The current political situation in Israel is “uncharted territory” and may lead to an election that could reorient the Israeli electorate as various parties across the political spectrum debate mergers, explained Breitbart Jerusalem bureau chief Aaron Klein.
Speaking in an interview on Israel’s i24NEWS (video above), Klein was asked to comment on reports that Prime Minister Benjamin Netanyahu was considering a proposal to cancel the September 17 election via a Knesset vote. It is not clear whether such a plan is legally valid.
“It’s uncharted territory and so would a new election be uncharted territory,” stated Klein. “In fact, a new election I think could really be interesting right now because the question becomes, will there be a realignment or some sort of slight realignment of the Israeli electorate?”
Klein posited that the ultra-Orthodox parties would be highly motivated to vote in an upcoming election, while rightwing parties that didn’t cross the electoral threshold in last April’s election are likely to unite, thus ensuring a stronger rightwing bloc by passing the minimum tally to enter the Knesset. The parties that failed to cross the threshold last time were led by Naftali Bennet and Moshe Feiglin respectively.
After Avigdor Lieberman turned the religious issue with the IDF into a crisis I think they (ultra-Orthodox voters) are going to come out in droves. So I think you are going to see the religious parties highly motivated. Also on the right you have also a reorientation of some of the parties that didn’t cross the electoral threshold last time. Bennett this time is not going to be as brazen as he was to have his own party. He is clearly going to unite. You’ve got Moshe Feiglin also and (Ayelet) Shaked.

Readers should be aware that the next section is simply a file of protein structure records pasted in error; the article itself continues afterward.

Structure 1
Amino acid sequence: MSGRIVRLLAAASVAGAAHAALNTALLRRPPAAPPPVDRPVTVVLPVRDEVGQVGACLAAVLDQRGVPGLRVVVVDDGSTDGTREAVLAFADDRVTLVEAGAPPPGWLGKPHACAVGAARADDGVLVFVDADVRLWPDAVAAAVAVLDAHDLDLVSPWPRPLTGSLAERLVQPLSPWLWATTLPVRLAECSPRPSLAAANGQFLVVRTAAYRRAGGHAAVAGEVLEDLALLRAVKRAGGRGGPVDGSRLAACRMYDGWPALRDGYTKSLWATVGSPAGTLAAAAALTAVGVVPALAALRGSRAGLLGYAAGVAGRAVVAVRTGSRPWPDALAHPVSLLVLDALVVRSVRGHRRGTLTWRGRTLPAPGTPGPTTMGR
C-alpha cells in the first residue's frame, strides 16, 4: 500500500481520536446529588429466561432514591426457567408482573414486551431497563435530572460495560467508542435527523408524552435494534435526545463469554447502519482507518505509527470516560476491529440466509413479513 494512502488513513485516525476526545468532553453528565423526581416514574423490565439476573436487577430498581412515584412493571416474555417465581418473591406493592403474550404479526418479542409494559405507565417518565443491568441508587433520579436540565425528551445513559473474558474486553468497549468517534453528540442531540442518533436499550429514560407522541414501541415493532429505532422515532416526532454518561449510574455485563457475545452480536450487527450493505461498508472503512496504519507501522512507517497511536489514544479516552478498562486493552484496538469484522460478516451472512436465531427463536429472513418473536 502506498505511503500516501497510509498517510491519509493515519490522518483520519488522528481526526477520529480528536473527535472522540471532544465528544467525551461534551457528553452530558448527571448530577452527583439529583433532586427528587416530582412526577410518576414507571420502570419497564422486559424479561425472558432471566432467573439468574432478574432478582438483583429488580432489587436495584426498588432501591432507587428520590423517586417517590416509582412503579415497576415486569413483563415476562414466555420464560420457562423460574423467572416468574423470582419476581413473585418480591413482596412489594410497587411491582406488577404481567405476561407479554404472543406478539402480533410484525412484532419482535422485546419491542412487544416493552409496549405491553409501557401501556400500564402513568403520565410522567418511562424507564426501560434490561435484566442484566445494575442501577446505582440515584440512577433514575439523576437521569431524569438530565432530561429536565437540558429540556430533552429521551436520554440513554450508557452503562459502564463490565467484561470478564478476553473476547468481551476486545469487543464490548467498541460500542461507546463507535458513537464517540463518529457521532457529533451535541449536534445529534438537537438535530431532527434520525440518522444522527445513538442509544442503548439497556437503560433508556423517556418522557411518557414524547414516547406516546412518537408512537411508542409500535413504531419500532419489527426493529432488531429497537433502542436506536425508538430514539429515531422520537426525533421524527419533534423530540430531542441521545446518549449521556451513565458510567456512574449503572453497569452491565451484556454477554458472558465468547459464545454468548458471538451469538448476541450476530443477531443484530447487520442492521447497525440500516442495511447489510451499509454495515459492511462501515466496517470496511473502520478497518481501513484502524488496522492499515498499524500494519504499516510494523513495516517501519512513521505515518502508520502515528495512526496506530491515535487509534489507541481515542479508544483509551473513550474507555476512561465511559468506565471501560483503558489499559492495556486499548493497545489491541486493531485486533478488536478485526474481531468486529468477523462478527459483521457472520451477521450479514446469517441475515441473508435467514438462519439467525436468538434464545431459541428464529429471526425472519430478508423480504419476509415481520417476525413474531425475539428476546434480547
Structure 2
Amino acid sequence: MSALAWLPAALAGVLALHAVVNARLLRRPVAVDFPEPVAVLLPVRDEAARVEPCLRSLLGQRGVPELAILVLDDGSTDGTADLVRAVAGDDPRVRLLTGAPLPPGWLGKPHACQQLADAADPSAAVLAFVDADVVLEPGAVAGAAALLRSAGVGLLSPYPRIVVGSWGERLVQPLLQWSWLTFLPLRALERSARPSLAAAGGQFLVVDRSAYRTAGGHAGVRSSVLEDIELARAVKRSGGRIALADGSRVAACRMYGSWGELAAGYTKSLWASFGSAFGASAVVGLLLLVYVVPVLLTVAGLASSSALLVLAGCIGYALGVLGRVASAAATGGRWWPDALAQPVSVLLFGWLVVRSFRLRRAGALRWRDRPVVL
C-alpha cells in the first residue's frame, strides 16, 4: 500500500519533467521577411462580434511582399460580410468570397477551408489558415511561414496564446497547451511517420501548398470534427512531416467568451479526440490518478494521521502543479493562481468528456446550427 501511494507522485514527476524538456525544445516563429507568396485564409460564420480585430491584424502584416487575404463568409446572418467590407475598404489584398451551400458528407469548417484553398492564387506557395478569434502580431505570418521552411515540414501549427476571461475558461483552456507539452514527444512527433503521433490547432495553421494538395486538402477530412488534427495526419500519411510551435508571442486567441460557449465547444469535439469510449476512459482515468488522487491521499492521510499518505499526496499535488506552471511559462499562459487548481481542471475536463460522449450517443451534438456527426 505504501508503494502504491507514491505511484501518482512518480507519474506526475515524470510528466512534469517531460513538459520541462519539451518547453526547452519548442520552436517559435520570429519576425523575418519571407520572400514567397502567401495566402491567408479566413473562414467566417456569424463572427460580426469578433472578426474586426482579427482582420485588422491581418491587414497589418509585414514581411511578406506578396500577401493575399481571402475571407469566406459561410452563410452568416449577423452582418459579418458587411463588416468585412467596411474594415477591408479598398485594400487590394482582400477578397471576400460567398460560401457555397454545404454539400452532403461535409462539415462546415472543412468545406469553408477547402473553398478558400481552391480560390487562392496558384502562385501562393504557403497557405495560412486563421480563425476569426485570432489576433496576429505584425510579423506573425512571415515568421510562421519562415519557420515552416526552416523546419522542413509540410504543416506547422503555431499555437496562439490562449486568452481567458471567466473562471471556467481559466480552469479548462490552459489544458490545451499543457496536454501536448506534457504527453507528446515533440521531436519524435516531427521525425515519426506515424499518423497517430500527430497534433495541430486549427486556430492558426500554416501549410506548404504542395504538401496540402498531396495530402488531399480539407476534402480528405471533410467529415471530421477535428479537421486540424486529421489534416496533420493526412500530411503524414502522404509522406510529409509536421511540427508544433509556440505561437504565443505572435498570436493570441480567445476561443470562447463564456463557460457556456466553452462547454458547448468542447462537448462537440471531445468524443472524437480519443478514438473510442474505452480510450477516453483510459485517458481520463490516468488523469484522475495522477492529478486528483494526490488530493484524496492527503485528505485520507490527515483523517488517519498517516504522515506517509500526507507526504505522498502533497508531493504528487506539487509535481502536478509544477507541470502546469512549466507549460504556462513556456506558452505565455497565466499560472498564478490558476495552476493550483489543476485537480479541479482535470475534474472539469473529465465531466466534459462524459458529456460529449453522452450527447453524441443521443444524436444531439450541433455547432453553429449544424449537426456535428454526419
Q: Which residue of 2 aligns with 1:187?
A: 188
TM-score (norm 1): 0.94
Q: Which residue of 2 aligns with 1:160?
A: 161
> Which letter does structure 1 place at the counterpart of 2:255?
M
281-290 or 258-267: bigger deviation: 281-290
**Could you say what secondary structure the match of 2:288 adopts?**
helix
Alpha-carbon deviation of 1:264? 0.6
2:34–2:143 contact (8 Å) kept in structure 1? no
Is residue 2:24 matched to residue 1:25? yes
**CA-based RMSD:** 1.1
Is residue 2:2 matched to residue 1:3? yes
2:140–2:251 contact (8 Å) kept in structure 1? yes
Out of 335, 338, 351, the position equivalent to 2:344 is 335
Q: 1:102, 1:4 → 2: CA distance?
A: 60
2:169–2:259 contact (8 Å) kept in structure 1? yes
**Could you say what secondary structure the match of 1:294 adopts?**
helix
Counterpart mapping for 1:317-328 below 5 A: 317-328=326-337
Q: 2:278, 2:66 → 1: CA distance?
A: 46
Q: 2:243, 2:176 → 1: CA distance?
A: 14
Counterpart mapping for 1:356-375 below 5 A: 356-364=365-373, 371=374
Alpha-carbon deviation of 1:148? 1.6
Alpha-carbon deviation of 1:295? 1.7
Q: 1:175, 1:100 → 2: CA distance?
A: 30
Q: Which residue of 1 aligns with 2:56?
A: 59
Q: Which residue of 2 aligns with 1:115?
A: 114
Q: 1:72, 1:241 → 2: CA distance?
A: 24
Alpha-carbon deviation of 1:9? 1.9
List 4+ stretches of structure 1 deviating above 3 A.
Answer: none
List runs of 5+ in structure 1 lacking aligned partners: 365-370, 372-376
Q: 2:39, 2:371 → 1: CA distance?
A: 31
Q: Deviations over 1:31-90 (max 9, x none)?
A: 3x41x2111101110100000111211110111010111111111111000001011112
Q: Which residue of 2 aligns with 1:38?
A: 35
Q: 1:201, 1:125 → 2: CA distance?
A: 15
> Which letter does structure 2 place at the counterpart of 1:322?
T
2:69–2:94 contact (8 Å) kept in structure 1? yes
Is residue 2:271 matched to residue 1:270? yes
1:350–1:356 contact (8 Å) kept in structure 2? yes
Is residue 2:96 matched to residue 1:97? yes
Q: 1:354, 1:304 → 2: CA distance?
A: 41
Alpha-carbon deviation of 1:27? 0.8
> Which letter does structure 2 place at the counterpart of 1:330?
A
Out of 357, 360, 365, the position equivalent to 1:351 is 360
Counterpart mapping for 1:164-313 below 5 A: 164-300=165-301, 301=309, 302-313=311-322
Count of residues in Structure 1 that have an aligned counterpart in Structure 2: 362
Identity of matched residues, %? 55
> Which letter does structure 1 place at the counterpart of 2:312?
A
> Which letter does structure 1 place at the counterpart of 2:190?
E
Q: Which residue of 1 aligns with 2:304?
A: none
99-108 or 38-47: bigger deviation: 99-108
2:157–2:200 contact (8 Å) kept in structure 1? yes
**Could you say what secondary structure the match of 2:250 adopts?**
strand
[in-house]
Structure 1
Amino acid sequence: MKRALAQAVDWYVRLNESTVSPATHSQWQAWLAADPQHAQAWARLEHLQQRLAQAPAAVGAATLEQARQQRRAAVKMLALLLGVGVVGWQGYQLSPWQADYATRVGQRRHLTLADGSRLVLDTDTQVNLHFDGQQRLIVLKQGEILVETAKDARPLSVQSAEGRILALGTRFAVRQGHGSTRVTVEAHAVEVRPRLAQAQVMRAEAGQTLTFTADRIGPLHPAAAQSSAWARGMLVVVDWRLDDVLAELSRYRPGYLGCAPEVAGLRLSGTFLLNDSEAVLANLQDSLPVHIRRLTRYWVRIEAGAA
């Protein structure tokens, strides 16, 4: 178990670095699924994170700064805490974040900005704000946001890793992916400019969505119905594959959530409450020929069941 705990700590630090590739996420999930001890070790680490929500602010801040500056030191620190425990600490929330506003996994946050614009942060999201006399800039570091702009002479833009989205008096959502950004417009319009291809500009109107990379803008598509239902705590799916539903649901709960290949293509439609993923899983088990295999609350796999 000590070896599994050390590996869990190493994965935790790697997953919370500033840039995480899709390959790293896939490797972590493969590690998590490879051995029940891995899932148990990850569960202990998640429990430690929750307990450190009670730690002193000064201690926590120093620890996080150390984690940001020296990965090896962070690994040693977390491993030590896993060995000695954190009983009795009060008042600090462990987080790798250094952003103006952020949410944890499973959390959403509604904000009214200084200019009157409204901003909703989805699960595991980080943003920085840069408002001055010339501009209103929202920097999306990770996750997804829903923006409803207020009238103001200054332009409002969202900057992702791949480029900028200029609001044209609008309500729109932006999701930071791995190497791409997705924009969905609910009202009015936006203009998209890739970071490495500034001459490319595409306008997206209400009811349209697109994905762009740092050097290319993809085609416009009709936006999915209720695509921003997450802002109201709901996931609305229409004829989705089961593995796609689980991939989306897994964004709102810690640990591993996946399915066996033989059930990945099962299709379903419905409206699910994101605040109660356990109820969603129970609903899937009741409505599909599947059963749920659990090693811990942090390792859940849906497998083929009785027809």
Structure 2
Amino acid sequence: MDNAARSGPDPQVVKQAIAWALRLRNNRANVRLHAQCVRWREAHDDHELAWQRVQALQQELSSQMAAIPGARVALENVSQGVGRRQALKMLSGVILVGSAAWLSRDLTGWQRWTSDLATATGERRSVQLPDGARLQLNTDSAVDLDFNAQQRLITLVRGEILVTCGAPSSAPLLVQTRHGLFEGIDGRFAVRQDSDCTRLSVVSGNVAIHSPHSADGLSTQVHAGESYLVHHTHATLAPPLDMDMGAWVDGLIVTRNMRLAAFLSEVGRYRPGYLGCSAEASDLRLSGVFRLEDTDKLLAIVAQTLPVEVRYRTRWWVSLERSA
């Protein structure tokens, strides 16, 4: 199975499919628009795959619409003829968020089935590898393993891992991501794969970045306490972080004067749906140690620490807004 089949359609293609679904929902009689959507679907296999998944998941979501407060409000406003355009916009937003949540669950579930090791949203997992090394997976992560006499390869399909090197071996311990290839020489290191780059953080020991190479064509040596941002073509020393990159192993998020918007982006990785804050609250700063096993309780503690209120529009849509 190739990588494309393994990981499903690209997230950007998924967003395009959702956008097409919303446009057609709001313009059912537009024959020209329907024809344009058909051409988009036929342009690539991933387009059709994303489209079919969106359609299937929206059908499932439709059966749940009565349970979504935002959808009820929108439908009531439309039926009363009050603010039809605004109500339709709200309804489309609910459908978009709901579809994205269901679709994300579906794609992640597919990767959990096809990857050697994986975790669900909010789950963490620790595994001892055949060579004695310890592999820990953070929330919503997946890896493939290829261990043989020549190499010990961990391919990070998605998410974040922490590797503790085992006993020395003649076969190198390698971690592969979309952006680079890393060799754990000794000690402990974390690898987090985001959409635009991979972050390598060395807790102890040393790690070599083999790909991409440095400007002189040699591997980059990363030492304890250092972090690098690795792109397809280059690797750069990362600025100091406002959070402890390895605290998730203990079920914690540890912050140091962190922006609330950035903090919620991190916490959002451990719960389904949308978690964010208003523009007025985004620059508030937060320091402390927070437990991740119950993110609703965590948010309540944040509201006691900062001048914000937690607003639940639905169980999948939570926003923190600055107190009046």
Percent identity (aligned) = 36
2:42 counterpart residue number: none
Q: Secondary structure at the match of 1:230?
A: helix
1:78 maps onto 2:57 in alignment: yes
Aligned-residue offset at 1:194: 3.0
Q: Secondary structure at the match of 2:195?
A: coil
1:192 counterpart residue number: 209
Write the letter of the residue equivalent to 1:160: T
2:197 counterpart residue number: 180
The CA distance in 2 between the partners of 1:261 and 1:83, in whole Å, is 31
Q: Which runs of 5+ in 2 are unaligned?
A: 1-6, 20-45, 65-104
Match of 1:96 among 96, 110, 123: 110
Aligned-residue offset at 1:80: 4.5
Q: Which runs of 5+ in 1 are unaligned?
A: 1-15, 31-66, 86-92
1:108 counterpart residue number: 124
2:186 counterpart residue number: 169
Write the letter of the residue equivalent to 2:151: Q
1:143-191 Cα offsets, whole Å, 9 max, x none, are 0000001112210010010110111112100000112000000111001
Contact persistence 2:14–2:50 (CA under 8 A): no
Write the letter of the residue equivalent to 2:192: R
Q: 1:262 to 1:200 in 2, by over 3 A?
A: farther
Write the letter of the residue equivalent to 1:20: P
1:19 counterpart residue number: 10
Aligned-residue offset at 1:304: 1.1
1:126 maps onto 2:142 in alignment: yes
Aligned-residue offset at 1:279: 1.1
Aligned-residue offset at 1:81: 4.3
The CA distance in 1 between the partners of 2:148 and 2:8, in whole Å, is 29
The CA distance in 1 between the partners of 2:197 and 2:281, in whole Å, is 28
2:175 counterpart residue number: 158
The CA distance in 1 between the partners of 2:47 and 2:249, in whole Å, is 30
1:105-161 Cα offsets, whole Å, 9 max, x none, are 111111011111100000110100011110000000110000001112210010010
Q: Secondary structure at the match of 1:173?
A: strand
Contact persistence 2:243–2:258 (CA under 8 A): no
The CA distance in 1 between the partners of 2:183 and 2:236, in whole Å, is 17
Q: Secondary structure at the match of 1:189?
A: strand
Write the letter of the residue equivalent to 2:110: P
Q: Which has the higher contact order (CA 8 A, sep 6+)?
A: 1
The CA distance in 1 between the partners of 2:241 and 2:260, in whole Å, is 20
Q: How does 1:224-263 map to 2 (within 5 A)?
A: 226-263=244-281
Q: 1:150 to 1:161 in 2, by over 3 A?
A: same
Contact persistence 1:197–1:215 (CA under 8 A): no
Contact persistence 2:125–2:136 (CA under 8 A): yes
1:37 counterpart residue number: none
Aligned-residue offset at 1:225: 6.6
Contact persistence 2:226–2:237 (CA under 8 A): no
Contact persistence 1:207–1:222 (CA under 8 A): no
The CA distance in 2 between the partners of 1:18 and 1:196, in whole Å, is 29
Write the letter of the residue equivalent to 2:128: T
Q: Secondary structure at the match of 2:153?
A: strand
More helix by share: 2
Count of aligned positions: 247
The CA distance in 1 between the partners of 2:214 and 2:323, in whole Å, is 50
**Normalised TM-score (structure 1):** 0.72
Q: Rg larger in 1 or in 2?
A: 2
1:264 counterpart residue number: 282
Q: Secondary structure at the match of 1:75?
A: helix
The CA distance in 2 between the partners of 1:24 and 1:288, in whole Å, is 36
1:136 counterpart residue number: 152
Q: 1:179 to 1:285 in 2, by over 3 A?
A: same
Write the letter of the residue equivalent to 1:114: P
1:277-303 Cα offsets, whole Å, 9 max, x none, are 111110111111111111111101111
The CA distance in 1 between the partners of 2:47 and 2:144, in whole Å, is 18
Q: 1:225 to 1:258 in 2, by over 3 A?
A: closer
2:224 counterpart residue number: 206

Addressing the ramifications of former Prime Minister Ehud Barak announcing a new leftwing party to contend in the next election, Klein stated:
The question more to me is whether he is going to divide the Blue and White vote. And then whether at the end of the day voters on Blue and White are going to be a little less motivated to come out at all. … A lot of Israelis might just be angry at the overall situation and stay home. But the rightwing might not. The leftwing might not. It’s unpredictable.
Klein contended that there is a strong likelihood of a merger between the leftist Labor and Meretz parties, both of which fared poorly last April. And he said Meretz may attempt to shift its tactics to focus more on social issues instead of the unpopular two-state solution.
When you look at the April election it was a referendum in some ways on the rightwing vote right now. At least in 2019 the way the Israeli electorate believes let’s say a little bit less or a lot less in the so-called two state solution, which was a lot of the main driving force behind Meretz’s latest campaign. So are they going to now switch the conversation from a two state solution, joining with Labor, to more social issues? And is that even enough to cobble together something?
Meanwhile, unpredictable events in the Middle East could impact the vote in unforeseeable ways, Klein explained. “So much can happen between now and the election on so many levels. With Iran. Is there going to be a confrontation in the Middle East? If there is, that within itself could change things probably more in the favor of Bibi (Netanyahu).”